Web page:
Grief is an incredibly difficult venture, a monumental climb from the pit of despair. It is an absolutely exhausting venture that drains you physically and weighs heavy on your mind. As I look back on the months following my son’s death, I’ve come to realize that I haven’t moved at all.

Even though others may perceive me to be progressing, my movement is lateral at best. As the span of time increases, it becomes more and more difficult to lift myself up. The days slip by, but the moments never escape me. The more I struggle to hold on, the more twisted and frayed my thoughts become. There is a fear attached to moving forward, as if continuing on diminishes the importance of where we have been. Exceeding that is a heightened awareness that there is no going back. It is in these moments that I feel completely stranded. I wander back and forth on contemplation’s narrow shelf.

On one hand nothing exceeds the sheer agony of death; on the other, absence creates a tremendous depression. As I struggle to unravel the endless strands of thought that death has me spinning, it occurs to me that there is some stability in the place in which I stand.
I’m on an outcropping of complacency between the height of anguish and the depths of sorrow.

With space enough to linger, to contemplate, commiserate and catch my breath, I sort through my feelings. I find myself discarding unnecessary thoughts and reflecting on the little things that always make me smile. Flickers from the past ignite memories that produces a warm inner glow. And, even though the future is unfolding, within this space, it does not obstruct my view.

I think there are instances when it’s best to stay focused on where you are. The enormity of what lies ahead is too overwhelming and looking back will only bring you down. Considering how much we have already suffered, a break is certainly something we are due. Pausing doesn’t restore my motivation to pursue life’s summit, but it keeps me from going over the edge.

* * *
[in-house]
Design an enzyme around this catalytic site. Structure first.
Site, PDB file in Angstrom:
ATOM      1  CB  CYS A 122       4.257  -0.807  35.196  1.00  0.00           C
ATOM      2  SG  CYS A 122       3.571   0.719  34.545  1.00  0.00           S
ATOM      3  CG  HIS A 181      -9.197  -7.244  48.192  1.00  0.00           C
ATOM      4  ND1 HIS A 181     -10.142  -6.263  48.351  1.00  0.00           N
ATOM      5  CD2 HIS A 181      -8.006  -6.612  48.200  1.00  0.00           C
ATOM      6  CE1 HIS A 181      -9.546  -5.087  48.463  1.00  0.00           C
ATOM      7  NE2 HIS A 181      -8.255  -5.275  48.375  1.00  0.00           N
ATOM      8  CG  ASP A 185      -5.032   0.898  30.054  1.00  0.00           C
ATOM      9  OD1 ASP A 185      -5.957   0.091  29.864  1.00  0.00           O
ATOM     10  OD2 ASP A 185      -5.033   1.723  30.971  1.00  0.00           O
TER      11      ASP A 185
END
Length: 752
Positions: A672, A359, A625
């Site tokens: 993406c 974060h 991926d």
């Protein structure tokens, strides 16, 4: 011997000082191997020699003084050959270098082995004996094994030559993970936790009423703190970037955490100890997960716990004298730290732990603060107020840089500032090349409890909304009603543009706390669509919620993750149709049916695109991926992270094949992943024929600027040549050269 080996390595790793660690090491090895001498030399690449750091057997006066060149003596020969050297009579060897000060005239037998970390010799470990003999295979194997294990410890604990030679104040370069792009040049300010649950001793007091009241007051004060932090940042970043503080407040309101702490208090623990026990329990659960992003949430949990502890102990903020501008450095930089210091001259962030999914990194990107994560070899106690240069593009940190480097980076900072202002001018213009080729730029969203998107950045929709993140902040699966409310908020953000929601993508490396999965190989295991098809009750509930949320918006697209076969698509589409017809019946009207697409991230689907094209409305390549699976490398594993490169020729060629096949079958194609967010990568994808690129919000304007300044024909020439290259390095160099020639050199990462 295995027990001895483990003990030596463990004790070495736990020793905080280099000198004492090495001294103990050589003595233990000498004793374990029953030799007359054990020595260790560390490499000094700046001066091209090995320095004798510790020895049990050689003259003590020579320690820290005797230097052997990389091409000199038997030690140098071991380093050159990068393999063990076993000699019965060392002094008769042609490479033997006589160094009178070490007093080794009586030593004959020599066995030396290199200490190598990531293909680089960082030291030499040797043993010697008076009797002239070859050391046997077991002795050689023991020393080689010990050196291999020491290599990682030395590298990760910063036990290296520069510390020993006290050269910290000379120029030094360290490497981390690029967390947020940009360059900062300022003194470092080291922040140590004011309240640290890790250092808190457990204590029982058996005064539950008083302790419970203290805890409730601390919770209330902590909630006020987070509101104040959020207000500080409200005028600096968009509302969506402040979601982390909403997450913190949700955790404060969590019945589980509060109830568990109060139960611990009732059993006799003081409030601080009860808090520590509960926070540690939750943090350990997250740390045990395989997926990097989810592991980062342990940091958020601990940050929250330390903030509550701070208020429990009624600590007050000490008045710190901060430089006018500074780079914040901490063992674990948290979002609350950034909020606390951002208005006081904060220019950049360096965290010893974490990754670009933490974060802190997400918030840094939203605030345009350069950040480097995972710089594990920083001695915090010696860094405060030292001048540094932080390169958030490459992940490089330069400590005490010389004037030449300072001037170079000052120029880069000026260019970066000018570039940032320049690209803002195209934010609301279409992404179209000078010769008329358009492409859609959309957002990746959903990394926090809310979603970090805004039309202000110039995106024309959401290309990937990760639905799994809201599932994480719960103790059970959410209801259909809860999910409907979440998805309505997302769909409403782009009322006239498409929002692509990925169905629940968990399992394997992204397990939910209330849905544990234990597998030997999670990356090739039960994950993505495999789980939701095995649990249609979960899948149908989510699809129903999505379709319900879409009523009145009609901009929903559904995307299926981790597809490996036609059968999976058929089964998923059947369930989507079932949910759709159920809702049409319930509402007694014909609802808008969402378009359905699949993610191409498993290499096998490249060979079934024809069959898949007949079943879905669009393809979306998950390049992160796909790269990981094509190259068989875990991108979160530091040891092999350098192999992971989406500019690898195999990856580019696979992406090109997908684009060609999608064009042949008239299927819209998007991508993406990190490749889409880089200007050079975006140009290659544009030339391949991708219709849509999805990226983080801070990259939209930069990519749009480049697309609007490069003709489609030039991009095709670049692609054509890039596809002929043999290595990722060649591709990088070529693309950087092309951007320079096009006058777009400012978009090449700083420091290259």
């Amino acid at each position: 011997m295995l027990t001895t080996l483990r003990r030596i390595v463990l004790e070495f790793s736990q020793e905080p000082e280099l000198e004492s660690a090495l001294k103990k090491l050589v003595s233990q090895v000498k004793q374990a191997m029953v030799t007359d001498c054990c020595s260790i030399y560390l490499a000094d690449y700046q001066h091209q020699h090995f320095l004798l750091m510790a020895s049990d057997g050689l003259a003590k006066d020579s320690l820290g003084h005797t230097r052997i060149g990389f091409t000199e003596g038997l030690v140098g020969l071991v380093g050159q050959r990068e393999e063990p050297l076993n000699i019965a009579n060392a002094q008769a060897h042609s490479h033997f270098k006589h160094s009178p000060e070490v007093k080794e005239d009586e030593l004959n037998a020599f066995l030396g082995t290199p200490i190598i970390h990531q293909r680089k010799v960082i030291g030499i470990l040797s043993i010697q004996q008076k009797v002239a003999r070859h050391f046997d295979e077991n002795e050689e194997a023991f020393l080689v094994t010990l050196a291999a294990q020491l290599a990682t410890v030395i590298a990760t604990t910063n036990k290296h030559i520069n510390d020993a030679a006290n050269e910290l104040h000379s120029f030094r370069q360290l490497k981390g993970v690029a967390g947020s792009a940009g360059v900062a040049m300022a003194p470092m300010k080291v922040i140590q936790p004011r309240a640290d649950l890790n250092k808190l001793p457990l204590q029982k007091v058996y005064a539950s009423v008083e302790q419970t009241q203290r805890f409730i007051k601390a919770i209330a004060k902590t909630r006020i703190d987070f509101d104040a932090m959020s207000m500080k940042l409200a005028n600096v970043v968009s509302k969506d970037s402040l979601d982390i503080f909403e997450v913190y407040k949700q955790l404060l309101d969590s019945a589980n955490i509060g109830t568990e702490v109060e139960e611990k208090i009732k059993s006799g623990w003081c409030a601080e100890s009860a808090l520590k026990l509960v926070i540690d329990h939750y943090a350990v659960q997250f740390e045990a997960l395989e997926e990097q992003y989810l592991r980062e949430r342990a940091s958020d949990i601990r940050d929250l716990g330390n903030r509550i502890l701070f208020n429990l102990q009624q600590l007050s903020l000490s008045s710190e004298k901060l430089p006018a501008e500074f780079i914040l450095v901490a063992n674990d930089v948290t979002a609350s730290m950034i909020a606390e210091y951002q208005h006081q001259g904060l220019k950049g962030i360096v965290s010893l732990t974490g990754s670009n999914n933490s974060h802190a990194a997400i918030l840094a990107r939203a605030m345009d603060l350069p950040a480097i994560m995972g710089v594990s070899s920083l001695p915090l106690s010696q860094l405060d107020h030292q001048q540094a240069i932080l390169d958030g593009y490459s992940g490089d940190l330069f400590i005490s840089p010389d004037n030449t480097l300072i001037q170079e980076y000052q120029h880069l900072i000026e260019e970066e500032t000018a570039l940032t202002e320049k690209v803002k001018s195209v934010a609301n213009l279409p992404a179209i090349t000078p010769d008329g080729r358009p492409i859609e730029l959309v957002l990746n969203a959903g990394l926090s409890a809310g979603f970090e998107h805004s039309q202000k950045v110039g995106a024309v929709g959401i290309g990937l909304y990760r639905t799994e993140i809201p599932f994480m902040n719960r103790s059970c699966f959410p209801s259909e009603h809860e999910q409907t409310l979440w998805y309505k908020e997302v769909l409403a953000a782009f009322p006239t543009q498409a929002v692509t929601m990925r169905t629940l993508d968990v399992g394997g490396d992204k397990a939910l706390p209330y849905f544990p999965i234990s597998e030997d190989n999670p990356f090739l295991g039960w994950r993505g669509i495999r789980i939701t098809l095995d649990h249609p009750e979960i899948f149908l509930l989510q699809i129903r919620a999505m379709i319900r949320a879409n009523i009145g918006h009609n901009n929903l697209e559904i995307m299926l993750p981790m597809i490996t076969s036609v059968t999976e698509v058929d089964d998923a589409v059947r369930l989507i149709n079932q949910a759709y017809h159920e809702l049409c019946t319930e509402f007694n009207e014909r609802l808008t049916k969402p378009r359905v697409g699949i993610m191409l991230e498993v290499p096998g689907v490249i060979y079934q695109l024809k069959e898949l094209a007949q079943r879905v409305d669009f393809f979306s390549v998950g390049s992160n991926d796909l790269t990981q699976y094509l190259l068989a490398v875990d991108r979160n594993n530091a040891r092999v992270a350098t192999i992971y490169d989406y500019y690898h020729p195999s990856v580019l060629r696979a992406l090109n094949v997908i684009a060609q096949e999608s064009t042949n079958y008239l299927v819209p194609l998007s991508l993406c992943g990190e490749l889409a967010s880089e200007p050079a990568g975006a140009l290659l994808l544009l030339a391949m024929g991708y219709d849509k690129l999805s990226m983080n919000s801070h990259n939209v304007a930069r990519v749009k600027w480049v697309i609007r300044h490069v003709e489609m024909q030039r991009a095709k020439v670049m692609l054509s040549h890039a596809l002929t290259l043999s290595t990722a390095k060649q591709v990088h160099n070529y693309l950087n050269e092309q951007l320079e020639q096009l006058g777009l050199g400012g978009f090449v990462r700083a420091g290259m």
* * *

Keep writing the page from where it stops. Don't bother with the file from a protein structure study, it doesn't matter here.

To avoid seeming as though I am overlooking the point of our sadness, I’ve decided to extend myself, and offer a line that is purposely crafted to be uplifting. I do this not only to reach out to others, but so I might feel secure within the space I’ve found to rest.

“The lariat of love is so immeasurable that it easily extends from earth into heaven. So unbreakable that it binds them together. If we gather the strength to draw our selves a little closer, we will see those on the other side are pulling for us.”

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John French

John French

My name is John French. I was born in January of 1968. I own and operate a small remodeling company in Highland, MI. My wife Michelle and I married very young and we celebrated our 20th anniversary in May of 2009. We had two amazing children: Veronica, who is 20, and Brandon, who was 17. We worked very hard to build a life that would afford us the luxury of giving them all the things we never had, including a stable home, committed loving parents and every material thing imaginable (within the means of a middle class family, I should add). Over the last few years, it seemed we had finally arrived, and living was easy. Then Brandon passed away in August of 2009 from an undiagnosed heart condition. The devastation of that one single moment has crushed our view of reality and cast us down into a state of perpetual winter. I’ve been writing all my life, though not publically. Brandon’s death has so overwhelmed me that I can no longer contain my thoughts. Although my stance is undermined by despair, and frosted by the bitterness that follows the loss of my son, I will labor to plant some seeds of promise in the barren future that I'm so unexpectedly tilling. Perhaps something beneficial will stem from my mourning. If you can gather even a grain of hope from my reaping, it may help to sustain you through your own emotional storm.

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